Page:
To recount this sordid trajectory of judicial misfeasance keep in mind that in June , 2017 Boasberg of the U.S. District Court for the District of Columbia ruled that the initial approval of DAPL failed to adequately consider its environmental consequences. He found deficient  particular parts of the initial study concerning “impacts of a spill on hunting rights, fishing rights and environmental justice” and ordered a supplemental environmental analysis to address those interests. The court ruled that the Army Corps had not fully complied with the environmental review laws before issuing permits to cross the Missouri River. The Corps was ordered to conduct a new analysis of issues found to be deficiently studied, in what is termed  a “remand” process.

Boasberg, at a status hearing on June 21,  ordered the attorneys, under a byzantine, convoluted  schedule, to submit new arguments over a two-month timeline to address the issue of whether the pipeline should remain operational pending the completion of the new environmental review.

It was expected that the judge would reach a decision sometime in September. Boasberg, who has been noted for stalling in this case, issued another determination on Oct. 11, agreeing with Energy Transfer Partners, that the pipeline should remain in operation and that the oil should continue to flow.

From a legal perspective, standard procedure is that in such an operation the flow of oil would be stopped by the court pending the additional environmental analysis. But, lickspittle, bootlicking Boasberg has turned the system upside down in order to wallow in the slimy muck of injustice with Big Oil.

Never mind that this is environmental disaster for the Indigenous of Standing Rock, never mind that the health problems of the Standing Rock Sioux will only be perilously exacerbated by the infamous pipeline as Boasberg carries on the work of the oil profiteers. Oil will continue to flow if this rogue jurist has his way.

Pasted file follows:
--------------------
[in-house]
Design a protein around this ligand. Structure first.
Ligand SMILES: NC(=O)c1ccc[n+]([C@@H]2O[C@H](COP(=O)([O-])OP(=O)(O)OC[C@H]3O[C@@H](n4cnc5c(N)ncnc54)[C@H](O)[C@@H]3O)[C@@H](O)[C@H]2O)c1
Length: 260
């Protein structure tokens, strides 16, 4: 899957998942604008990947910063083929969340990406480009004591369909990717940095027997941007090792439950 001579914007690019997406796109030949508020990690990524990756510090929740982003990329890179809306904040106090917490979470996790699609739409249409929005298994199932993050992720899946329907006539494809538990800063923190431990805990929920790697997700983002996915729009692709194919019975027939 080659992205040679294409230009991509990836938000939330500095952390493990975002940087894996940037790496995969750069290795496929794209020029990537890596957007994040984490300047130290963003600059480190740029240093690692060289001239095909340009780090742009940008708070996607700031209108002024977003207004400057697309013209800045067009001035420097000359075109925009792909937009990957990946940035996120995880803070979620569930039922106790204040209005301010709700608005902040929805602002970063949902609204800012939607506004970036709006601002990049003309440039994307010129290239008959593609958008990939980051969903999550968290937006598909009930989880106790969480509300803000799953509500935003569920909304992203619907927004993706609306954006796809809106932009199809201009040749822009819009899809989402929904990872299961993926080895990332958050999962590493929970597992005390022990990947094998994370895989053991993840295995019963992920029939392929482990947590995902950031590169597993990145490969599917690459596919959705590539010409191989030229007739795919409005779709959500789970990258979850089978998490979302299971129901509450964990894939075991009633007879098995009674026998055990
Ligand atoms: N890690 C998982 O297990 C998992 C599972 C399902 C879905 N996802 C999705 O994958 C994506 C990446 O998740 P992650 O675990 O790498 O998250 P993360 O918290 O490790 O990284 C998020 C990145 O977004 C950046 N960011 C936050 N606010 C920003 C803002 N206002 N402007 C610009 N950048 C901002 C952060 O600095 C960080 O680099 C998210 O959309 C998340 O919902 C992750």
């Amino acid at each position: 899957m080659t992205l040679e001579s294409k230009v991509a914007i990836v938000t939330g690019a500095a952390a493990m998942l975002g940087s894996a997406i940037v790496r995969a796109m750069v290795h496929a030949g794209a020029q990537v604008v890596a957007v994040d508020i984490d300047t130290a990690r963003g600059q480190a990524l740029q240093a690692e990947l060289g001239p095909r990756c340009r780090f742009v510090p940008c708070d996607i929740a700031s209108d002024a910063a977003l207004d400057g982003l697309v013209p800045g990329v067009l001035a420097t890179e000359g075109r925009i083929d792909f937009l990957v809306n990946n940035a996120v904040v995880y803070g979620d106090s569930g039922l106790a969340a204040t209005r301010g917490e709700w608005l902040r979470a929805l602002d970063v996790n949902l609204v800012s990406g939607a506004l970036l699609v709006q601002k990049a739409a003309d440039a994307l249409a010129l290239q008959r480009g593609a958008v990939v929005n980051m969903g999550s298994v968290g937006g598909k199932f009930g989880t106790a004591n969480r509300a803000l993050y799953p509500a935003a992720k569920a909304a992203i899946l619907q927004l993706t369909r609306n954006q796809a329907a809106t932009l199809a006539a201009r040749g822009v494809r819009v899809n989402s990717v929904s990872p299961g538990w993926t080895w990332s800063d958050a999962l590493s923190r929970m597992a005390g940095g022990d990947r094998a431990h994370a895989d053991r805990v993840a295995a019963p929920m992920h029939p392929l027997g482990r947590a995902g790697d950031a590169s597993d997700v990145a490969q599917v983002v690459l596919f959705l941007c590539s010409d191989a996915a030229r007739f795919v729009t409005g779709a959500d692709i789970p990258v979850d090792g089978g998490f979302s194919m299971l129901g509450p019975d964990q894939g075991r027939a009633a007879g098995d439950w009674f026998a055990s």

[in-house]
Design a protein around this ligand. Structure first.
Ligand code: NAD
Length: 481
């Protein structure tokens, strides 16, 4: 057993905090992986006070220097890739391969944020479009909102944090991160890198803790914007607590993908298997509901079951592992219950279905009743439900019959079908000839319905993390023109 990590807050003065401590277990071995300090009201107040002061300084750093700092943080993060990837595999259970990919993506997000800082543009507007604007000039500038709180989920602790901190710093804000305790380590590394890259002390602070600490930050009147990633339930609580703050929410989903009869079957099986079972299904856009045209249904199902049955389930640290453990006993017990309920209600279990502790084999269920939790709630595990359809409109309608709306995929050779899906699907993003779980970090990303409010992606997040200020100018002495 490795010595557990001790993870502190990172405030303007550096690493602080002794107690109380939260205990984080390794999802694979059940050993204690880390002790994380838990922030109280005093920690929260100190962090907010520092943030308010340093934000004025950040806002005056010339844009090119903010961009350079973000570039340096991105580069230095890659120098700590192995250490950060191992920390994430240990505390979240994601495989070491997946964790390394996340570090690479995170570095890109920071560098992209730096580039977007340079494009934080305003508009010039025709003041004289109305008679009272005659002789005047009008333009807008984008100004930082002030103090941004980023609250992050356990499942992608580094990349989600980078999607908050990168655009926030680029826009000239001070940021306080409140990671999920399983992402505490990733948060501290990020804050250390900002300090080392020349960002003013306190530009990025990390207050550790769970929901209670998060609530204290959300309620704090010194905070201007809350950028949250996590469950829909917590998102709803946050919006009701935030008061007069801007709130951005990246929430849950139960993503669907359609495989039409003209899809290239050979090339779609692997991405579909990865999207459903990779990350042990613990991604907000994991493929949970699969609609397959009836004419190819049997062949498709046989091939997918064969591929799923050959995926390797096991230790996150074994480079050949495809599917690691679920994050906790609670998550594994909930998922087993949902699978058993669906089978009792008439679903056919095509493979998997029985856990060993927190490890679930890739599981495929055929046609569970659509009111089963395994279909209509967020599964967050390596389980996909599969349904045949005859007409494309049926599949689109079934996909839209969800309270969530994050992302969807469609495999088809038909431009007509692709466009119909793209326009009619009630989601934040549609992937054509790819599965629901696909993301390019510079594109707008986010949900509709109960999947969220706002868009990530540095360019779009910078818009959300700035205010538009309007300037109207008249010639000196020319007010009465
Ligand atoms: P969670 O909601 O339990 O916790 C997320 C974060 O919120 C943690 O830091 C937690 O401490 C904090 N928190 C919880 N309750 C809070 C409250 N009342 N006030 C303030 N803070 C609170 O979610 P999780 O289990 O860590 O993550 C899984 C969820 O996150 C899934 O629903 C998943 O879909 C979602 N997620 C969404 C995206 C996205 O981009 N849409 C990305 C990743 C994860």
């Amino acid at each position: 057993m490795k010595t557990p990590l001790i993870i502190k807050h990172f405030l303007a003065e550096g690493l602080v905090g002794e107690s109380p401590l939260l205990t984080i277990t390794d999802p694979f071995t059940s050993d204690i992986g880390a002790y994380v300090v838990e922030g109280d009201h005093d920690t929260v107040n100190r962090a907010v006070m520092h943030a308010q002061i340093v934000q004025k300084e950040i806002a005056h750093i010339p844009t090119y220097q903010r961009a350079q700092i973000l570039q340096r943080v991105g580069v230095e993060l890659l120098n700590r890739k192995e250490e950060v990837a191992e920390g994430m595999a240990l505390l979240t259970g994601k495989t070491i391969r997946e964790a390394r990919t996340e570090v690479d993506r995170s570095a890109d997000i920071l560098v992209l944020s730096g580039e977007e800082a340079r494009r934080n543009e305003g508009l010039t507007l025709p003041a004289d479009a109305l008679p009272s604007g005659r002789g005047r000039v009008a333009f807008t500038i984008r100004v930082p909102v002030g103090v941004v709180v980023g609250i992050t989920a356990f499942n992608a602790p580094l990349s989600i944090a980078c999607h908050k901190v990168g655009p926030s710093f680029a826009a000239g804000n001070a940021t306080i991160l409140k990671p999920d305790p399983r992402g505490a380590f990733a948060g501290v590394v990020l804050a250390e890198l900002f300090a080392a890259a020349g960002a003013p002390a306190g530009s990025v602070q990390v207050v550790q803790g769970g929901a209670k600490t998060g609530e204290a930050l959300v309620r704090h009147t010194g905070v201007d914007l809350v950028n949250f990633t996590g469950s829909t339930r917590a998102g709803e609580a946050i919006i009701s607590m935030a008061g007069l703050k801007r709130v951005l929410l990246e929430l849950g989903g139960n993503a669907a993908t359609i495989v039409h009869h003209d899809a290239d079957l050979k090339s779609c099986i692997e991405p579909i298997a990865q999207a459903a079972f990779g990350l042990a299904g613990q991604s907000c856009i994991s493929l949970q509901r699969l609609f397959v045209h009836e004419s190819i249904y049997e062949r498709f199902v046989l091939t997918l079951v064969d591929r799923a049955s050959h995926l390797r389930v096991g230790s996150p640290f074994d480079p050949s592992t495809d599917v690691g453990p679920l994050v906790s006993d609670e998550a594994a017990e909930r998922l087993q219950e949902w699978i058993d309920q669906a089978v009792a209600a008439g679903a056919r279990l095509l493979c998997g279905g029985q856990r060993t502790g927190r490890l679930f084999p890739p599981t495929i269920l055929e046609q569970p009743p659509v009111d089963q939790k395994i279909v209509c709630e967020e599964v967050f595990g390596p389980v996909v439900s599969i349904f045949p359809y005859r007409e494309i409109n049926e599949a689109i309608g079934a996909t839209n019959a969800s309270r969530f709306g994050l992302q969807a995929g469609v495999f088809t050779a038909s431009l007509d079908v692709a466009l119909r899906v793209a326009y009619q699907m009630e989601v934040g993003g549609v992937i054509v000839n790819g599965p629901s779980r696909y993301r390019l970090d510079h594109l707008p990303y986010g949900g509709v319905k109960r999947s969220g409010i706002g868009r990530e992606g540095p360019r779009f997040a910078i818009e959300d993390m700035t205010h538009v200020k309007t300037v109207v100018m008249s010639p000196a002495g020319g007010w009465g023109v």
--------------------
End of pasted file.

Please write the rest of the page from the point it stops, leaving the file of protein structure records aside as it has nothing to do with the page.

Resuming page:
Earthjustice, the environmental law firm representing the Tribe, intends to focus on  the remand process and show that the risks of an oil spill and the impacts on the Tribe are enough to require a full environmental impact statement (EIS), which would reopen the issue of an appropriate location for crossing the Missouri River.

In the meantime, the Standing Rock Sioux and the Cheyenne River Sioux Tribes have presented proposals to protect their water  supply pending the glacial movement of the court in reaching its next decision in the case. The tribes are requesting increased public reporting of pipeline issues such as repairs and establishment of an emergency spill response plan at the Lake Oahe  pipeline crossing of the Missouri  River. And they want it with tribal input.

Energy Transfer partners (ETP) and the Army Corps of Engineers are objecting to the proposals on the grounds that the tribes’ requests are unnecessary or unwarranted. Boasberg should make a timely decision on this  next courtroom bone of contention. Or will he simply wait until April with his characteristic foot-dragging deliberation.

But for now , absent mass struggle, Boasberg’s  belated decision next April will  most likely  be that since there is no palpable harm then let the oil  continue to flow ad infinitum. The  ongoing and increasing harm done after the original genocide continues.


CONTRIBUTOR

Albert Bender
Albert Bender

Albert Bender is a Cherokee Indian. He is a freelance reporter and political columnist for News From Indian Country, and other Native and non-Native publications. He is also a historian and attorney specializing in Native American law. Currently, he is writing a history of the Maya Indian role in the Guatemelan civil war of the late 20th century.